By: CMFR Staff
Posted on: September 25, 2023, 12:21 pm
"NAG-BOOMERANG" was how GMA-7 reporter Jun Veneracion described the press briefing that turned the story on the National Task Force to End Local Communist and Armed Conflict (NTF-Elcac). On September 19, officials of the task force were set to present Jhed Tamano and Jonila Castro, environmental activists who had been reported missing since September 2, as former members of the armed movement who surrendered to the military. But the two women instead revealed they were abducted and coerced to sign affidavits, doing so while sitting with military officials during the public briefing.
The live presser was cut short, some reports noted. Most reports carried the revelation, with little context on an earlier NTF-Elcac briefing in which officials said they had custody of the two activists. TV Patrol went further to ask whether the NTF-Elcac had known that Tamano and Castro would contradict the task force's story. Reporter Jeff Caparas said based on the military's demeanor during the briefing, they were indeed caught off-guard. Caparas added that in cutting the briefing short, the organizers also refused to take questions from the media, an important point that reports did not highlight.
That evening, reporters followed Tamano and Castro to the Commission on Human Rights (CHR) where they had expressed their desire to go, and spoke with officials and lawyers from the Free Legal Assistance Group in a closed-door meeting. They later faced supporters who had been campaigning for their safe return. Both women will temporarily stay under CHR custody.
Online reports picked up National Defense chief Gilberto Teodoro's statement, promptly announcing that the activists would be charged with perjury.
For its part, the NTF-Elcac issued a statement saying they were "hoodwinked" and "betrayed" by the two activists. The task force said they were looking into filing perjury cases against Tamano and Castro, insisting that there was no coercion as Tamano's stepfather and a lawyer from the Public Attorney's Office witnessed the signing of the affidavits, a claim media did not question. Media did not probe further about the belated release of the copies of affidavits and videos of the alleged surrender, which were only given to the media on September 21.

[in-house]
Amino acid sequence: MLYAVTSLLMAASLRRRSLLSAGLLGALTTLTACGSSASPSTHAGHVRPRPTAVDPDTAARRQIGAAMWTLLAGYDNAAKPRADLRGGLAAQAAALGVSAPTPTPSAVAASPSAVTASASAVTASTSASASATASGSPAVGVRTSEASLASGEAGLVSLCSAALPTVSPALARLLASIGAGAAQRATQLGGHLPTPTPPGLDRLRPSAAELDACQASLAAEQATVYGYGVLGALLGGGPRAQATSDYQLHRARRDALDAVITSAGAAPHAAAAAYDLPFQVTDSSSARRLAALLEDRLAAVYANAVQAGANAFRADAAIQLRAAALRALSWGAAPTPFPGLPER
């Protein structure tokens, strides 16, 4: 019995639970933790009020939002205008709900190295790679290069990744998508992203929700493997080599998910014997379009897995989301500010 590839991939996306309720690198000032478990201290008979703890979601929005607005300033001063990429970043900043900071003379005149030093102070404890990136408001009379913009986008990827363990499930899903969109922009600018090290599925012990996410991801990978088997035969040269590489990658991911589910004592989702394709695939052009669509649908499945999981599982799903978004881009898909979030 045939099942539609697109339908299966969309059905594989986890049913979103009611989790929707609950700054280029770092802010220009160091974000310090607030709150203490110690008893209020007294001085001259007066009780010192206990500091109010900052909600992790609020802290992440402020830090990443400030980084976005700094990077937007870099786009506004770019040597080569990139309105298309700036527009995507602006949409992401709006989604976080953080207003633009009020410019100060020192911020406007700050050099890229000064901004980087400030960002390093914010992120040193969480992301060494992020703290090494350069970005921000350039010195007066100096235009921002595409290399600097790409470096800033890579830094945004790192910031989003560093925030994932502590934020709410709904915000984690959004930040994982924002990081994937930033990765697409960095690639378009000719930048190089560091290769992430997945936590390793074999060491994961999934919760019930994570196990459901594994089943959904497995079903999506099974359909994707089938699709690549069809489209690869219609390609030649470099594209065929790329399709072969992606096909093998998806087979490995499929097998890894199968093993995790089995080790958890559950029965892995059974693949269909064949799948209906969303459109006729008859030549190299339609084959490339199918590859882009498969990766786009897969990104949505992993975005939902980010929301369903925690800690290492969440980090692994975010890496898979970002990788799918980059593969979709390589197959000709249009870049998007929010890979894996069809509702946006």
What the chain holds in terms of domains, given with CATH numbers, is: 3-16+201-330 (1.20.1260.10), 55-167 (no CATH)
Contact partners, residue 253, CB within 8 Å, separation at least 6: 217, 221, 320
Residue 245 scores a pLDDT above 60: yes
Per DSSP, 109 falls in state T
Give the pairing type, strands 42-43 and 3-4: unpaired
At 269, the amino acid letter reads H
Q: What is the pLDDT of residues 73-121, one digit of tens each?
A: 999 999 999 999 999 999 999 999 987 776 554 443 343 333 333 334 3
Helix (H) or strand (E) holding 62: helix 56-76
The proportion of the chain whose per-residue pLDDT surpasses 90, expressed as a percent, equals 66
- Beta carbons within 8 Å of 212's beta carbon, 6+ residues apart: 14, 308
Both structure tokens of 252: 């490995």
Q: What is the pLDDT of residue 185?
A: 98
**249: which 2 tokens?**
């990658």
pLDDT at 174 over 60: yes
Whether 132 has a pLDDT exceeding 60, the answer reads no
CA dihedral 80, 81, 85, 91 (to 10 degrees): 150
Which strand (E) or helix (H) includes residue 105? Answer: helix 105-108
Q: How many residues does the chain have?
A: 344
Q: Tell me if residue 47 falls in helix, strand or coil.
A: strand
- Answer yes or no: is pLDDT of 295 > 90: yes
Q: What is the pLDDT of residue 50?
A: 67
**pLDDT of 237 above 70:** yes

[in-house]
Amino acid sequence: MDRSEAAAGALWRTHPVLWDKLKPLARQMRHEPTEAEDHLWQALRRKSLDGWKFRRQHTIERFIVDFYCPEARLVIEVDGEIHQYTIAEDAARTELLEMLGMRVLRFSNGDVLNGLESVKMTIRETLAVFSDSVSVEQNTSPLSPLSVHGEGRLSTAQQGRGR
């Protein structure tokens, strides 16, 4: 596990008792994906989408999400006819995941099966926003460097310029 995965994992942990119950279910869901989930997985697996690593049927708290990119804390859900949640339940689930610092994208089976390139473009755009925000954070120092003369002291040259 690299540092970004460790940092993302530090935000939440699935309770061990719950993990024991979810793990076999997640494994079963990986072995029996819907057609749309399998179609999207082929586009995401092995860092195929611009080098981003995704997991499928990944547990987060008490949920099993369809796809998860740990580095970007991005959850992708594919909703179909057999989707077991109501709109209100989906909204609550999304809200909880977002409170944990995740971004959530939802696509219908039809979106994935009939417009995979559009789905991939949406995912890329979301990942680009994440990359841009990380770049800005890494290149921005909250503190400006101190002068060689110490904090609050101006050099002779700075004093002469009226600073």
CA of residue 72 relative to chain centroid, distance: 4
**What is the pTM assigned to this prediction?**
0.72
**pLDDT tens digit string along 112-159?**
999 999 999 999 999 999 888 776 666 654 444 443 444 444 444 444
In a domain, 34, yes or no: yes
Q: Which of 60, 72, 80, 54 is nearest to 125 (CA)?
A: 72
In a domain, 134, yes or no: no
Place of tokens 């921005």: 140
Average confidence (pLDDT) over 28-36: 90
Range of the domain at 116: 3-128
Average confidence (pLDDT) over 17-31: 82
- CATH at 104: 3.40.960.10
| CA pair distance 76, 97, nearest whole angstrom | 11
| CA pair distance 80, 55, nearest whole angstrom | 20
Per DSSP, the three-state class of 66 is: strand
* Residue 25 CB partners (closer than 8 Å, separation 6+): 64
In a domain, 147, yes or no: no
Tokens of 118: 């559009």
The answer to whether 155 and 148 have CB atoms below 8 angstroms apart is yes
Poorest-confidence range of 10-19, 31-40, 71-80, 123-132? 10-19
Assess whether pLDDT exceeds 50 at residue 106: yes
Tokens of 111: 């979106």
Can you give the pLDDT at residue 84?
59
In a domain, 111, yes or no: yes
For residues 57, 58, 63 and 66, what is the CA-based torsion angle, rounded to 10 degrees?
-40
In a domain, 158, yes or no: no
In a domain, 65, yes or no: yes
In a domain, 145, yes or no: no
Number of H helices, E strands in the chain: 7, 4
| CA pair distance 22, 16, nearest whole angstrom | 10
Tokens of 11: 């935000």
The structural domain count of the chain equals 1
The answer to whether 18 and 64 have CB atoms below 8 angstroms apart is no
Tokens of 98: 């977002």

Meanwhile, Justice Secretary Jesus Crispin Remulla told Teleradyo Serbisyo that the recantation is part of a "new playbook" of the armed movement to "discredit the government." Remulla said the move was part of a "choreography" to call the international community's attention.
Coverage has so far focused on the exchange between the government and the legal counsels of the two activists. Interestingly, the print editions of Manila Bulletin, Daily Tribune and The Manila Times started telling the story by citing the defense of government officials, sidelining the controversial revelation of the activists during the September 19 briefing.
The turn of events warrants further follow-up. Philstar.com cited human rights group Karapatan's record of eight cases of enforced disappearances during the first year of the Marcos Jr. administration. Last September 13, international nonprofit Global Witness released a report saying the Philippines remains the most dangerous country in Asia for environmental defenders, with 11 killed in 2022.
Vog above Taal, smog above Manila
Newsrooms stepped up in reporting Taal's show of action starting September 21.
Dark skies hovered over Batangas and Metro Manila on September 22. Media outlets cited the warning from the Philippine Institute for Volcanology and Seismology (Phivolcs) that Taal Volcano was spewing high levels of sulfur dioxide and volcanic smog (vog), prompting towns west of the volcano to cancel classes and issue health warnings.
Meanwhile, the local governments of the National Capital Region also decided to cancel classes on September 22 due to the dark haze that blanketed the capital. That same day, media were quick to refer to clarifications from Phivolcs, the Department of Environment and Natural Resources (DENR) and state weather bureau Pagasa that the vog over Taal has not reached Metro Manila, as it is carried by winds in a westward, not northward, direction. The agencies said it was smog due to pollution that was prevailing over the capital, with poor air qualities registered that day.
Phivolcs and Pagasa referred to "thermal inversion" that causes vog and smog to form. Commendably, reports by 24 Oras and Frontline Pilipinas used visual explainers to explain this phenomenon. TV Patrol's resident meteorologist Ariel Rojas also provided the differences of the terms "vog," "smog," and "haze."
As of September 23, the DENR announced that the smog over Metro Manila has subsided. Phivolcs also cautioned that the vog may recur as Taal Volcano remains under Alert Level 1. Pagasa told TV Patrol that it is possible for the vog to reach the capital next week, depending on the wind direction and the prevailing southwest monsoon. All the agencies advised the public to be ready with masks.
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